From: Emil Dotchevski (emildotchevski_at_[hidden])
Date: 2006-11-14 01:59:03
Zach Laine wrote:
>> I believe the proposed Boost Exception library is now mature enough
>> for formal review.
>> Please read the documentation at:
> There are several problems with the docs linked above, besides those
> that Dave Abrahams has already pointed out. Did the code and online
> docs just get out of sync somehow?
Most of the issues you point out are indeed errors in the documentation.
> The enable_error_info function template is referred to as a class when
> it is initially introduced: "This is accomplished by the
> enable_error_info class template. Here is an example:"
> T must not be a reference in error_info_value<T>, because that would
> introduce references to references in various places. This should be
> documented, or fixed using a reference type specialization and
Modified the documentation to point out that T must not be a reference.
> boost::exception's constructors and destructor are in its online docs,
> but are not part of its public interface.
This was by design. The constructors and the destructor are documented and
are part of class exception's protected interface.
> The actual signature of error_info type is:
> template <class Name,class T>
> typename error_info_type<Name>::type const * get_error_info( T const
> & );
> but the online docs list it as this:
> The tag struct declarations in the first example are missing
If you're talking about this example:
I did not modify it, it had the semicolons.
> It would be nice to have the actual headers linked to somewhere in the
> online docs.
Done. You can browse the source code, tests and everything here:
> As for the library itself, the name "exception" is fine within the
> context of Boost, but it's going to collide with std::exception if
> this is ever standardized. Is there another name for this? I have to
> admit, nothing better springs to mind.
Since you bring it up, please do correct me if I'm wrong but *if* this is
ever standardized, it could expand the semantics of std::exception. As far
as I can see, this would not break existing code because the
boost::exception constructors don't allocate memory and don't throw
exceptions. Besides a pointer to the internal implementation (which is the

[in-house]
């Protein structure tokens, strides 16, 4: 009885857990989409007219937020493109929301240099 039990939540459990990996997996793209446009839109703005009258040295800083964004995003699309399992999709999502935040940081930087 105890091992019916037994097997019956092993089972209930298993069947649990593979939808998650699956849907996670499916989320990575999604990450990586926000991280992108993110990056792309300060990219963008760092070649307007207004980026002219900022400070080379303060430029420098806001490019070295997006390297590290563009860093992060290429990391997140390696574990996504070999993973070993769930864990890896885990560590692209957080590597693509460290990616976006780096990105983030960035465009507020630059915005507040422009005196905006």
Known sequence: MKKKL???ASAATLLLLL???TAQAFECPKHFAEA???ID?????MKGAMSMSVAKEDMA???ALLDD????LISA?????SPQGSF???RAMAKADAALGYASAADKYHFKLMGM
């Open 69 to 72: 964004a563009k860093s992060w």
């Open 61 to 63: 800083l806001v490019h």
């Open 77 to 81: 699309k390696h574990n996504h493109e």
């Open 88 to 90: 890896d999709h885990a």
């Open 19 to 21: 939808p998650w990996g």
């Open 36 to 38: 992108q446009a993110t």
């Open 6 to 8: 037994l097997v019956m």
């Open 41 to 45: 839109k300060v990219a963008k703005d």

only data member of boost::exception) there is no overhead; I could not find
anything in 18.6.1 that boost::exception would violate.
> I think enable_error_info be called make_exception or make_error_info
> (or make_[whatever]), in keeping with all the standard and Boost
> make_*<> function templates.
It shouldn't be make_error_info because that's not what it makes, it makes a
boost::exception. I think that enable_error_info is more accurate than
make_exception (English is not my native language).
> What is the motivation for the Logging system's string conversion
> behavior #3? It seems that a compilation failure would be preferable
> in most cases, since the silent failure of #3 to convert to a string
> won't be noticed until the program is completely compiled and
> executed. I'd rather know at compile time. This should at least be
> an option.
You can store any value in a boost::exception even if it can't convert to a
string. For example, as I've done in the example at the end of the
documentation, you can add a boost::weak_ptr<FILE> object in a
boost::exception. It isn't reasonable to require the user to define a
to_string overload for boost::weak_ptr, just to be able to store it in a
boost::exception. Besides, even if you do require a to_string overload for
boost::weak_ptr, that overload can only return something generic like
"<weak_ptr>", which is similar to what you get from the fallback behavior of
In general, the value you store in a boost::exception could be something you
can't print, but can be used to get you the thing you can print; this is
beyond the scope of what().
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